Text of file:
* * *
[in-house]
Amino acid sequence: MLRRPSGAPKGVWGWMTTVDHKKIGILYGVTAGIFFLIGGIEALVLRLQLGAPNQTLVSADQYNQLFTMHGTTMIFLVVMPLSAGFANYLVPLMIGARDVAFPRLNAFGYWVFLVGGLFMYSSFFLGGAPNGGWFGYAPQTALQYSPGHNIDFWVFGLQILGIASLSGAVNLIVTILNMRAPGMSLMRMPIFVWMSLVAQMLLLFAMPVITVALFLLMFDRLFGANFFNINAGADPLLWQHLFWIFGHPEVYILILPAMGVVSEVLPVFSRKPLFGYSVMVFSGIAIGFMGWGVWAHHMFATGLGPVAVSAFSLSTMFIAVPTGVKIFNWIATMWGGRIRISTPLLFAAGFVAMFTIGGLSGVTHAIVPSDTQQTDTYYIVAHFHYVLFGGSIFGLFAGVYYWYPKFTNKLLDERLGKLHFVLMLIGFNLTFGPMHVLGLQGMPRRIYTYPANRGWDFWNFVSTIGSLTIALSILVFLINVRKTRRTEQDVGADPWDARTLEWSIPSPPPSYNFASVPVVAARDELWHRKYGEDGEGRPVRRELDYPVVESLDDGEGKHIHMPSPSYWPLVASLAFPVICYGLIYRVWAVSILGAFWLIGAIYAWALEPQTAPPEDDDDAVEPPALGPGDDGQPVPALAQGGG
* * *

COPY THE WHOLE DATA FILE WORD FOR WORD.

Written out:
[in-house]
Amino acid sequence: MLRRPSGAPKGVWGWMTTVDHKKIGILYGVTAGIFFLIGGIEALVLRLQLGAPNQTLVSADQYNQLFTMHGTTMIFLVVMPLSAGFANYLVPLMIGARDVAFPRLNAFGYWVFLVGGLFMYSSFFLGGAPNGGWFGYAPQTALQYSPGHNIDFWVFGLQILGIASLSGAVNLIVTILNMRAPGMSLMRMPIFVWMSLVAQMLLLFAMPVITVALFLLMFDRLFGANFFNINAGADPLLWQHLFWIFGHPEVYILILPAMGVVSEVLPVFSRKPLFGYSVMVFSGIAIGFMGWGVWAHHMFATGLGPVAVSAFSLSTMFIAVPTGVKIFNWIATMWGGRIRISTPLLFAAGFVAMFTIGGLSGVTHAIVPSDTQQTDTYYIVAHFHYVLFGGSIFGLFAGVYYWYPKFTNKLLDERLGKLHFVLMLIGFNLTFGPMHVLGLQGMPRRIYTYPANRGWDFWNFVSTIGSLTIALSILVFLINVRKTRRTEQDVGADPWDARTLEWSIPSPPPSYNFASVPVVAARDELWHRKYGEDGEGRPVRRELDYPVVESLDDGEGKHIHMPSPSYWPLVASLAFPVICYGLIYRVWAVSILGAFWLIGAIYAWALEPQTAPPEDDDDAVEPPALGPGDDGQPVPALAQGGG